The bad guys aren’t kidding around. They’re after you. Some day soon you will be walking down the street and a 400 pound hacker will galumph out and make a scary face and shout, “Give me all the passwords in your wallet!” and stomp off cackling and steal all your money from his couch. Or maybe it will be Russians. I always get them confused.
I had two clients in one morning with hacked email accounts. They were both the scary full-fledged bad-guys-have-the-password kind of hacks. In each case, the bad guys were running the wire transfer scam (more about that below). Fortunately neither of the clients lost money. But we know the bad guys were rummaging around in the mailboxes and there’s no way to know what other information they got that might be harmful later.
We don’t know how the bad guys got the passwords. Typically your password is hacked in one of three ways: (1) You had a different account that was already compromised; (2) You downloaded a malicious program on your computer without knowing it; or (3) You accidentally gave your password to someone without knowing it.
The wire transfer scam, though, is a specific, focused attack on you, by bad guys that study your website and LinkedIn page and social media postings. The bad guys have more powerful computers and better algorithms to try to crack your password by brute force. They’re going to start that attack by feeding in your business name, your spouse’s name, your kids’ names, your pet’s name, your phone number, your address, your anniversary, your kids’ birthdays, and any other bits of information they can glean. The algorithms will test every combination and variation of those terms to try to unlock your account.
Ever posted a cute picture of your dog named Booger on Facebook? Is your password “Booger123”? Approximate time for the bad guys to crack your password: 8 seconds, including the time spent on booger jokes. (That’s an inconsiderate name, by the way – the other dogs are making fun of him and hurting his self esteem.)
If any of your passwords is your pet’s name or your spouse’s name or a child’s name, change your password.
If any of your passwords is a dictionary word that you’ve cleverly disguised by starting it with an upper case letter and ending it with an exclamation point, change your password.
If you’ve used the same password in more than one place, change your passwords.
No more excuses.
Need help with passwords? This article has a short list of suggestions, including a foolproof tip for creating unique passwords that you can remember. Seriously, it’s one of my best tips. Put it to good use.
The wire transfer scam
Two years ago I wrote this article about the wire transfer scam. It’s still going strong.
The wire transfer scam starts with a short note to the person most likely to be able to approve a wire transfer for you or your company. It might appear to be an email from you to your investment advisor, or it might appear to be from a manager or executive and sent to the bookkeeper. The bad guys have done research to make the scam more believable. They might wait until the executive is on vacation – which they learn from Facebook. They might register a domain with a confusingly similar name to intercept replies.
For each of my clients, there were details in the messages to make them believable. One of them had the executive’s email signature and identifying information about the company bank account – which the bad guys had learned from searching through the mailbox. Since the bad guys had hacked into the mailboxes, the messages requesting wire transfers came from the actual executive mailboxes. The recipients had no obvious warning that the messages were phony.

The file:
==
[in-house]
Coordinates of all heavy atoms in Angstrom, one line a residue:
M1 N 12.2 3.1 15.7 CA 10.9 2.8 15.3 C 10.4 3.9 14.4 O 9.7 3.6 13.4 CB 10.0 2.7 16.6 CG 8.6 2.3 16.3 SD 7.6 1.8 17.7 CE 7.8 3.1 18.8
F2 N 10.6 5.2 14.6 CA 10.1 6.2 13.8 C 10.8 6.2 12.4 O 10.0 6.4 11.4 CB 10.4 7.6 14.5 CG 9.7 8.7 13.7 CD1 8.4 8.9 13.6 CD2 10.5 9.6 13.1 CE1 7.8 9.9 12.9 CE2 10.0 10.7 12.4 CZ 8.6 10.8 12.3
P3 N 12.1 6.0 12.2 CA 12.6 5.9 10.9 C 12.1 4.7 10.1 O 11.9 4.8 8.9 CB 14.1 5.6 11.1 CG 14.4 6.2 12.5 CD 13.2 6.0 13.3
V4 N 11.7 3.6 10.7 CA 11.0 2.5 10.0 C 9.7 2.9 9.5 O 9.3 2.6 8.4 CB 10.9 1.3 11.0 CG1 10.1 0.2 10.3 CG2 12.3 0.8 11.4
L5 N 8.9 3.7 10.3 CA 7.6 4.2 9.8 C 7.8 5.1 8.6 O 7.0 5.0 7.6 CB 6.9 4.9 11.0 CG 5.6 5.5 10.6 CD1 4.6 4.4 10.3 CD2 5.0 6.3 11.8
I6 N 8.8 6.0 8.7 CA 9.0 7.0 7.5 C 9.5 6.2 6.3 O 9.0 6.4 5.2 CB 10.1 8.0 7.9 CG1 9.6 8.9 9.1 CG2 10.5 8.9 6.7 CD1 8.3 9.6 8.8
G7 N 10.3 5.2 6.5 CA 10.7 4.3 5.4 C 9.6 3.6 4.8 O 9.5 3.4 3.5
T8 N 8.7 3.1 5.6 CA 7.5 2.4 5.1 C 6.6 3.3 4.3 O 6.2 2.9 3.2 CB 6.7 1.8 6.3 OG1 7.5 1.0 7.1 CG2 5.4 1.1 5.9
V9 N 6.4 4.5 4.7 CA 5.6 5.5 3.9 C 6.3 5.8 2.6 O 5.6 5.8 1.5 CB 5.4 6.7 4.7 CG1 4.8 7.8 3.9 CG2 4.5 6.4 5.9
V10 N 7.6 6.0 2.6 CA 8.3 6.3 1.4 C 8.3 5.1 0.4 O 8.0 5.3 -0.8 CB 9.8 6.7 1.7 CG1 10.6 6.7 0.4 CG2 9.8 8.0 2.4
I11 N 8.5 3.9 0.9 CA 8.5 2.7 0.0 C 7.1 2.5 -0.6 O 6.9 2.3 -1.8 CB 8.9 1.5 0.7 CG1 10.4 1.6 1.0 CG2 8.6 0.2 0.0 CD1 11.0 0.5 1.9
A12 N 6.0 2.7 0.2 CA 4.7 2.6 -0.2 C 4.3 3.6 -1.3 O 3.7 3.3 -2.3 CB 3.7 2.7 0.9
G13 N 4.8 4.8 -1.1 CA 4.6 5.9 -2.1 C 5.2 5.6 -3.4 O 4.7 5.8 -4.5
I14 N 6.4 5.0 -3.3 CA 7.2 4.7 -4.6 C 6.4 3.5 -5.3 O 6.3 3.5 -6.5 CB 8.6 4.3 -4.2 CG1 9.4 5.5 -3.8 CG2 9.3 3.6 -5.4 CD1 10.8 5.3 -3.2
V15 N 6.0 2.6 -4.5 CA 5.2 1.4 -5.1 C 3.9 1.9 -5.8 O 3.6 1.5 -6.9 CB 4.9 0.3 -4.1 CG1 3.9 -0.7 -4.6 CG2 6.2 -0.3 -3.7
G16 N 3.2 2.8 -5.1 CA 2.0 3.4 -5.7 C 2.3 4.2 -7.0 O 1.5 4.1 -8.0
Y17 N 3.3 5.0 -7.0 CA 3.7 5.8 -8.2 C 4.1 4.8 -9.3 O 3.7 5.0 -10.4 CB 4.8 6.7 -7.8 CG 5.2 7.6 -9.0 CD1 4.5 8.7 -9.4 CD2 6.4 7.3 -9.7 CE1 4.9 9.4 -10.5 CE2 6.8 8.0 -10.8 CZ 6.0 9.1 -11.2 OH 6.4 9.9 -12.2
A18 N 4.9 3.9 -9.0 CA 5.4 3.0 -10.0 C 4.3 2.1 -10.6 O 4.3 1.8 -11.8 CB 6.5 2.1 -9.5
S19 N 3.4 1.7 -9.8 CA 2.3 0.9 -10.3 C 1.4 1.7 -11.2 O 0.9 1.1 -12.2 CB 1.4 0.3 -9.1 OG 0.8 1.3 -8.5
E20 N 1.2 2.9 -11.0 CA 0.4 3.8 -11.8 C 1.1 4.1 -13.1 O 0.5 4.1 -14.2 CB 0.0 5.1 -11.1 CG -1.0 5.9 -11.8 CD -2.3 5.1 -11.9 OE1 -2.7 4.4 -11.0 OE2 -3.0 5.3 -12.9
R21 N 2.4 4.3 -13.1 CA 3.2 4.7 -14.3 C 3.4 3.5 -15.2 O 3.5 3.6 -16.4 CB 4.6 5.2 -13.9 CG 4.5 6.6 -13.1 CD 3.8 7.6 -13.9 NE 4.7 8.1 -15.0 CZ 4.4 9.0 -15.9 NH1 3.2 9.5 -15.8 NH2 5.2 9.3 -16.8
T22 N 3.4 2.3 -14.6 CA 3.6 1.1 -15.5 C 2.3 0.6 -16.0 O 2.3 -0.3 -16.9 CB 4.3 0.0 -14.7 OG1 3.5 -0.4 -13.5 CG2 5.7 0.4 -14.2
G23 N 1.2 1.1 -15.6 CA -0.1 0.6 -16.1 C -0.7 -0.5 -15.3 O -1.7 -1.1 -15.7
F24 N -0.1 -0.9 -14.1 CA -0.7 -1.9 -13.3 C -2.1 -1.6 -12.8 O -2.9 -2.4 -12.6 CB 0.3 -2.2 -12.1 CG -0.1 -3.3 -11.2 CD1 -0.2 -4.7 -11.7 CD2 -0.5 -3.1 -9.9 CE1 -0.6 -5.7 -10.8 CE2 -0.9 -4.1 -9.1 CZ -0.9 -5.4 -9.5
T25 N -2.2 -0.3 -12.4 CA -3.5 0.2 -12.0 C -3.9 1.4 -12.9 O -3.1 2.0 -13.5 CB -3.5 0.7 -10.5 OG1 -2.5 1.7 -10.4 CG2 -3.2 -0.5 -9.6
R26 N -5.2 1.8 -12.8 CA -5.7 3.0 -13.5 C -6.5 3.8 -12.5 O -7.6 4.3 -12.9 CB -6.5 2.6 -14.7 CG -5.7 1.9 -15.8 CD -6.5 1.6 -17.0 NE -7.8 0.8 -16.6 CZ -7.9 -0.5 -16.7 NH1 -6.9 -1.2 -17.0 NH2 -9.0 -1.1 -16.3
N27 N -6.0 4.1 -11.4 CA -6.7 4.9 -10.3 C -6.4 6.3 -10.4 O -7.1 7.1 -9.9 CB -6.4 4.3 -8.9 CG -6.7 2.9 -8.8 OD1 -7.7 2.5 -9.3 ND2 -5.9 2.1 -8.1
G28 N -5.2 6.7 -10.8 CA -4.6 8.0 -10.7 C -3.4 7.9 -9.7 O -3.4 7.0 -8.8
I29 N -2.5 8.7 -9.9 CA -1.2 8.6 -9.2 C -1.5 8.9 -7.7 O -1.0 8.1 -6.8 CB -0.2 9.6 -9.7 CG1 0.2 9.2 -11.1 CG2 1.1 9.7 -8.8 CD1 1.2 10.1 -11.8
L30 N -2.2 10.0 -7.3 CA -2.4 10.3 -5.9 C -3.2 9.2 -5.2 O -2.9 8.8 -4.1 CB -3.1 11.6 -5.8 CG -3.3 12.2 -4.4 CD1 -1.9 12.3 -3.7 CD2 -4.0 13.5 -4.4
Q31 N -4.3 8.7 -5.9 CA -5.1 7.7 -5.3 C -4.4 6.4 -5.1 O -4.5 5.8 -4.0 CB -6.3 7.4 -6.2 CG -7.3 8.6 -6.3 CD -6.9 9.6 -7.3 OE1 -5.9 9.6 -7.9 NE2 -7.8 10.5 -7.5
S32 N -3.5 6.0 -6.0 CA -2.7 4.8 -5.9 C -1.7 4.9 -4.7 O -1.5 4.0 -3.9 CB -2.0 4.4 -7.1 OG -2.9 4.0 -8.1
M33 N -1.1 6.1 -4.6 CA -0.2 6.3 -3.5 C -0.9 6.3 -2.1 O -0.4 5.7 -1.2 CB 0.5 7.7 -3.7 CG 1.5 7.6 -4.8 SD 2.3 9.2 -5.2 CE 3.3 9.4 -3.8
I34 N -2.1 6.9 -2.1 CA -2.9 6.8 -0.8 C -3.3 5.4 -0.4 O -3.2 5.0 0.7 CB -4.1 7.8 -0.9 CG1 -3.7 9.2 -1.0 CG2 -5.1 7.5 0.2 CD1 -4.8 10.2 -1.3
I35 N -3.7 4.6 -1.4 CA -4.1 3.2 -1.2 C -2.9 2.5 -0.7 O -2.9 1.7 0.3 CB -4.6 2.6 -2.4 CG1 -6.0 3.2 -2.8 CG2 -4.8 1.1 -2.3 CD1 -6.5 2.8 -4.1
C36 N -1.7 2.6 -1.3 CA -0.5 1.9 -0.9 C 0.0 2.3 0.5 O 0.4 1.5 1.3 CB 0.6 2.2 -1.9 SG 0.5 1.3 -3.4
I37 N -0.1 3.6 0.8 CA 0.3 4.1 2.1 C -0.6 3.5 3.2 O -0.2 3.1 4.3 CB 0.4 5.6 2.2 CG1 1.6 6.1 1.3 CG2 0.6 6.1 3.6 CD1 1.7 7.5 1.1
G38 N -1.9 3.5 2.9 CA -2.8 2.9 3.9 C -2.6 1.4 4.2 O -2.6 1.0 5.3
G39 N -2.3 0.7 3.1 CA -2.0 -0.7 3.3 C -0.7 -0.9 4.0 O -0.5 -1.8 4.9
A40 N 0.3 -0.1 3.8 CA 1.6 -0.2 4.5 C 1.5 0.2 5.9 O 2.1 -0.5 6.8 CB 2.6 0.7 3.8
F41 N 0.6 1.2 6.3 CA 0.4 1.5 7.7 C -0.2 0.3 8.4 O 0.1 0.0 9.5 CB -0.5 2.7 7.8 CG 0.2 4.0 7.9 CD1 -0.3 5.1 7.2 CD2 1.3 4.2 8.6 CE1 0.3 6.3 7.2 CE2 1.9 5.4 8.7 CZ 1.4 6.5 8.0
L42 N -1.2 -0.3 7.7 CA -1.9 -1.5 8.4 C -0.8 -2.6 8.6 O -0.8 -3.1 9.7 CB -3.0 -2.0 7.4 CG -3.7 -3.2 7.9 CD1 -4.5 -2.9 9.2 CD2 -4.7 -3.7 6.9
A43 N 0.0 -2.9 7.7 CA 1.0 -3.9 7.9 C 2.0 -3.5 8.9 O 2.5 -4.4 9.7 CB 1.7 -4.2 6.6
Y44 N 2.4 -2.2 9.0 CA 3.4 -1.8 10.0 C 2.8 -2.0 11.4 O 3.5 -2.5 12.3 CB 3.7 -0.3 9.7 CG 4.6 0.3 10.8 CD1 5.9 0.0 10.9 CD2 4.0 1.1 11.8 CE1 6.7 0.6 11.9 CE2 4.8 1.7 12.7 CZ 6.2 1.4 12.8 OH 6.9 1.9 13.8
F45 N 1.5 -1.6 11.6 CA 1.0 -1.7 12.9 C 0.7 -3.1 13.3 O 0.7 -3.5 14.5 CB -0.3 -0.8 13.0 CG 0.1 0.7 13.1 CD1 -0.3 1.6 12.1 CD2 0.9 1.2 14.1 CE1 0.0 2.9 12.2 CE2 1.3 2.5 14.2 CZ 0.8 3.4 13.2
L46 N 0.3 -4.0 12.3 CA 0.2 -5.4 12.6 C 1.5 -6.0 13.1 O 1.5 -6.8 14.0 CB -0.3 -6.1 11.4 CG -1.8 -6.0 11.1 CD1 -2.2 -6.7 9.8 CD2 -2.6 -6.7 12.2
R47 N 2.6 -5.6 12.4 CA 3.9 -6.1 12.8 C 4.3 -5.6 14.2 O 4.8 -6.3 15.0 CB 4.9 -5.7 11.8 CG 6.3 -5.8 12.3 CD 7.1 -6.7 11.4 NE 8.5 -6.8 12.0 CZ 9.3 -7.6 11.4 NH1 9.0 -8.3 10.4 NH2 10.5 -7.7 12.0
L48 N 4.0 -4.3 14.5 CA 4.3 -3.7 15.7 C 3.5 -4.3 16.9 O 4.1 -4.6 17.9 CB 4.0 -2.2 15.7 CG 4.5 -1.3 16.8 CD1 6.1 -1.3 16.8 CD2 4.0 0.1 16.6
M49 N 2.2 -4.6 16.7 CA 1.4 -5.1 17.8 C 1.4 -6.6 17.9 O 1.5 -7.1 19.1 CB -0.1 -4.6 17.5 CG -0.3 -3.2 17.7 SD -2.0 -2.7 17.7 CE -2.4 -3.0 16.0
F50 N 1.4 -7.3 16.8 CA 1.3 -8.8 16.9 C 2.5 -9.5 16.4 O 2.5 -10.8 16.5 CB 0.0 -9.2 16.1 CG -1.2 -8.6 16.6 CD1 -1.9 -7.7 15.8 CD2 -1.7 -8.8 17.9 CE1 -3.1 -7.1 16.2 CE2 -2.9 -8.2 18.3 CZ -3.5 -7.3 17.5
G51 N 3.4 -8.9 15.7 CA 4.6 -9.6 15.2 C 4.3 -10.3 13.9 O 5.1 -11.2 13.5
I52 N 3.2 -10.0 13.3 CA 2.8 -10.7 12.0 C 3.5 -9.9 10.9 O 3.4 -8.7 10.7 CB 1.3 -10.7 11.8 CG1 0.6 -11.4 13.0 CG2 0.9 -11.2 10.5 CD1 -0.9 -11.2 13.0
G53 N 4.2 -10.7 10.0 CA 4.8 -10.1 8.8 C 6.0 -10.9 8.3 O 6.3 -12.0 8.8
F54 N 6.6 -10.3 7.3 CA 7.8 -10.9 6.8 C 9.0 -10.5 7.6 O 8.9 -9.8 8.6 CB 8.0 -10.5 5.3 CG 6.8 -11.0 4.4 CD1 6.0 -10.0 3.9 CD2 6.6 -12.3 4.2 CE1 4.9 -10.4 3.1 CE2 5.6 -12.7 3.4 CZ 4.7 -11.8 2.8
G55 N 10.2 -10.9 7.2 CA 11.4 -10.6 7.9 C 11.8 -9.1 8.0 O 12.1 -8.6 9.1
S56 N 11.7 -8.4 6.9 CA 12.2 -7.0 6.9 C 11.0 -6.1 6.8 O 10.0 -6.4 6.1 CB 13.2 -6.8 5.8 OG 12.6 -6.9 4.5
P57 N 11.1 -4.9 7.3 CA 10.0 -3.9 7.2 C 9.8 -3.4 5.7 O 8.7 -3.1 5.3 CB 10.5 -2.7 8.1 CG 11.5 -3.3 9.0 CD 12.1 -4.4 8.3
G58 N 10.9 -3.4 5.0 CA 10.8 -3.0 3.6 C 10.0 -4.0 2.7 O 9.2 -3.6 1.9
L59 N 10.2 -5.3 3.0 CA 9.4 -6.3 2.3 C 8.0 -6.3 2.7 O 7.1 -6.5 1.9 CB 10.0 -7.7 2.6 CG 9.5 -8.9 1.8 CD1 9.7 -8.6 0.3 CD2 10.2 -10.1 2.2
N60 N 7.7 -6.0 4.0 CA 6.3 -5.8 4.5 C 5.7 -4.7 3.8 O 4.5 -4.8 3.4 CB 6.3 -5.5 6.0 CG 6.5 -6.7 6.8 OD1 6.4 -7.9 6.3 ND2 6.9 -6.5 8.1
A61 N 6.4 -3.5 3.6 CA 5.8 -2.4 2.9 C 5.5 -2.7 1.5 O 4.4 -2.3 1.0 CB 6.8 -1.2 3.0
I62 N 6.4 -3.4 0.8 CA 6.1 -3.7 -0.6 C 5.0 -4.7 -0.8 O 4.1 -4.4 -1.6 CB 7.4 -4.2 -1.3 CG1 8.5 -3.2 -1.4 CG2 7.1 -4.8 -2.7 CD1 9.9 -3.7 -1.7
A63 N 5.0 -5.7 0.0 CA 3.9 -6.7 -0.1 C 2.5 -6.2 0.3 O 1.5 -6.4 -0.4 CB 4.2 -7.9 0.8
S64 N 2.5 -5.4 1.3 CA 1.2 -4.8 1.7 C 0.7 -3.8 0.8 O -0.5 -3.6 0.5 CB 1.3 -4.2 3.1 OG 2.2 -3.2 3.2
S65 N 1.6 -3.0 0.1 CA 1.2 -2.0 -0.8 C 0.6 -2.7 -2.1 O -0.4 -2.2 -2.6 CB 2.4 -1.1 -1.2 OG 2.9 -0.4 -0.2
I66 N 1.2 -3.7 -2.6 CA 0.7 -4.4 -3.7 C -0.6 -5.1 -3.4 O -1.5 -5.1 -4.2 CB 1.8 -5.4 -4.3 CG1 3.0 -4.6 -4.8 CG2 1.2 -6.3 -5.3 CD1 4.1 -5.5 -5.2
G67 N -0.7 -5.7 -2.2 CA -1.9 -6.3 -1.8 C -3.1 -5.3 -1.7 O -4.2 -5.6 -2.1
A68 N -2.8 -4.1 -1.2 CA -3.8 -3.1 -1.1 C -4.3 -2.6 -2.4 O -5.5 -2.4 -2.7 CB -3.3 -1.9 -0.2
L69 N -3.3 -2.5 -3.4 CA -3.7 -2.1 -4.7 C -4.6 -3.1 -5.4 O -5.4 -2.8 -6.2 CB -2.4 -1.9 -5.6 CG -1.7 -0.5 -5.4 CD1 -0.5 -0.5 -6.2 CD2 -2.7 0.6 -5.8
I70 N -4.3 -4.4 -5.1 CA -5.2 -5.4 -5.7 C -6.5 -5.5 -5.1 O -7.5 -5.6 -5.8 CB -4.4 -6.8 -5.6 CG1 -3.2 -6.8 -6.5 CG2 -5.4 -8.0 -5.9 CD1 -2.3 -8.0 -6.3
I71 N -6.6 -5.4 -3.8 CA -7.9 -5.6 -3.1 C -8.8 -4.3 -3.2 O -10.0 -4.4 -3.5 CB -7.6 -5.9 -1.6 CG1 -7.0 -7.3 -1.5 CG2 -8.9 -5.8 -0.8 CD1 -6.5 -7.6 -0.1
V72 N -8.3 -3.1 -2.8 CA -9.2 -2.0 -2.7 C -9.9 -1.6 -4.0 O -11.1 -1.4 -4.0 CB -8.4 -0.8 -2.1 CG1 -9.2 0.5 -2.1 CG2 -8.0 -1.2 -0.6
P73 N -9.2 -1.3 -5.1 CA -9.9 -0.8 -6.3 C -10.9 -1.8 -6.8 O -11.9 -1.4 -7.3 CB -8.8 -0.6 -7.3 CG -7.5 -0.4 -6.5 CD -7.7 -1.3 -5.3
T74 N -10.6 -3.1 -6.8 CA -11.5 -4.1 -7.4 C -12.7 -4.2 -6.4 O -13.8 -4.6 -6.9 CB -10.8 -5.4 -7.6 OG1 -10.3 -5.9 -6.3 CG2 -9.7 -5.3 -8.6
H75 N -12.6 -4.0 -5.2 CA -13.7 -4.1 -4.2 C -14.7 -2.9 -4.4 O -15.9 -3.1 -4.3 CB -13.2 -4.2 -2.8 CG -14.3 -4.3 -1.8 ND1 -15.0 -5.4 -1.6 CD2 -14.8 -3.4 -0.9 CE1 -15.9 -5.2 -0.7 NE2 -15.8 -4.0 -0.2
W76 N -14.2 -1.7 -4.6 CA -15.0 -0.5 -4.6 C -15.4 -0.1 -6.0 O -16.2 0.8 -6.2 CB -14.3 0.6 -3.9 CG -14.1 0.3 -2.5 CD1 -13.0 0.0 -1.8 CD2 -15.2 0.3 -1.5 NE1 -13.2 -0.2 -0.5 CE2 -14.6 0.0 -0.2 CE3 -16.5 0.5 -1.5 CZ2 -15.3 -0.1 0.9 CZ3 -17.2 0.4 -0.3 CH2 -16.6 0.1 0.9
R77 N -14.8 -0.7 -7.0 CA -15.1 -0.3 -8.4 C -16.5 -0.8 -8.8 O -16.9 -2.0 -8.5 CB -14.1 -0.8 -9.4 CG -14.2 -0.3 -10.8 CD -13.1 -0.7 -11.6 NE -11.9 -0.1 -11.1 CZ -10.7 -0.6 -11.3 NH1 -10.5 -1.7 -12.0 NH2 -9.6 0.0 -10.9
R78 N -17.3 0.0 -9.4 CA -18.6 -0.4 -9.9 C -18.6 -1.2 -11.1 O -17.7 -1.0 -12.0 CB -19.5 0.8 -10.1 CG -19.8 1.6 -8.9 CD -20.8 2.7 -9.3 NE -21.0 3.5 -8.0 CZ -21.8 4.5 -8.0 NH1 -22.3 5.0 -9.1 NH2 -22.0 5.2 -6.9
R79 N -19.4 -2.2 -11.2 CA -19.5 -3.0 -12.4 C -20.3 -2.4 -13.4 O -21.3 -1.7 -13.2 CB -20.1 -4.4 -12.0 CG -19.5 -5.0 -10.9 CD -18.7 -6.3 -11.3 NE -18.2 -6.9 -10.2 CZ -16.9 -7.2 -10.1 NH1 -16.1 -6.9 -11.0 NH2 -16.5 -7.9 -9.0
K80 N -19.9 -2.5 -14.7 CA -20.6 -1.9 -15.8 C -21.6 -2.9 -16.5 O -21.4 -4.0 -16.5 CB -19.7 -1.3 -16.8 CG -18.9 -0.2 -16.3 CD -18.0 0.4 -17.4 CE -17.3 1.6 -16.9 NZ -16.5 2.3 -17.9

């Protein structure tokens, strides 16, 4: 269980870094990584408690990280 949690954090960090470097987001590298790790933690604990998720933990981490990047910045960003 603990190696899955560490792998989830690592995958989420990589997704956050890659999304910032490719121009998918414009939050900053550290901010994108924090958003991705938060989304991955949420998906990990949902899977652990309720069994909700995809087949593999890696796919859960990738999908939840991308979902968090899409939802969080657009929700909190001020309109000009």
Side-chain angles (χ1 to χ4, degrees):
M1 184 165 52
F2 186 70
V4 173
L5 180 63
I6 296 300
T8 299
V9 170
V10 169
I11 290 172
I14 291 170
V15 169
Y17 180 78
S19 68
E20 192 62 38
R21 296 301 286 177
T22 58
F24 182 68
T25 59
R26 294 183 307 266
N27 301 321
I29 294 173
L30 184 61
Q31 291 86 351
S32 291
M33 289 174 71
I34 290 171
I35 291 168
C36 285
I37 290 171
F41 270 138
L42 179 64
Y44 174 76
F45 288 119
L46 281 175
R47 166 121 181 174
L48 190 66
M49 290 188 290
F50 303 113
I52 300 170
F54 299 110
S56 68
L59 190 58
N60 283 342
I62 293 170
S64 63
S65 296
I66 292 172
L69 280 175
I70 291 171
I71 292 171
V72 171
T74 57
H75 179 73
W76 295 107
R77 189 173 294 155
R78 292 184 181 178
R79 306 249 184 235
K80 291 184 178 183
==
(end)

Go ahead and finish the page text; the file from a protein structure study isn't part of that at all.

In each case, the bad guys added a rule to Outlook to divert replies into an obscure Outlook folder, then deleted the messages, then “permanently” deleted them from the Deleted Items folder. We were able to find them in the Office 365 Super-Secret Deleted Items repository behind the scenes.
The FBI issued a warning in May that wire transfer scams sharply increased in the last half of 2016. From Reuters: “Attempts at cyber wire fraud globally, via emails purporting to be from trusted business associates, surged in the last seven months of 2016, the U.S. Federal Bureau of Investigation said in a warning to businesses. . . . The number of business-email compromise cases, in which cyber criminals request wire transfers in emails that look like they are from senior corporate executives or business suppliers who regularly request payments, almost doubled from May to December of last year.”
Here’s an example of how insidious this scheme is. Hackers have been targeting the real estate industry, stealing details of pending home sales. When the closing date approaches, the hacker sends an email to the buyers instructing them to wire the purchase money to a different account. Every detail in the email is perfect. If the buyer follows the instructions, poof! The money is gone, and so is the dream of buying the house. Here’s an article with more details about the real estate wire transfer scam.
Earlier this year the IRS issued a warning about W-2 phishing, a variation on the wire transfer scam. The bad guys do the same research and hack into an executive’s email account, if possible, then send a request for employee W-2 information. If they can get W-2 information, they can file fraudulent tax returns and collect tax refunds, or engage in other forms of identity theft.
Don’t let the bad guys into your mailbox! Your first line of defense is a strong collection of passwords. If your password is a string of two or three things that can be guessed (“Hint: street name + anniversary”), that’s not much better than using 123456 as your password. Step up your efforts to be secure!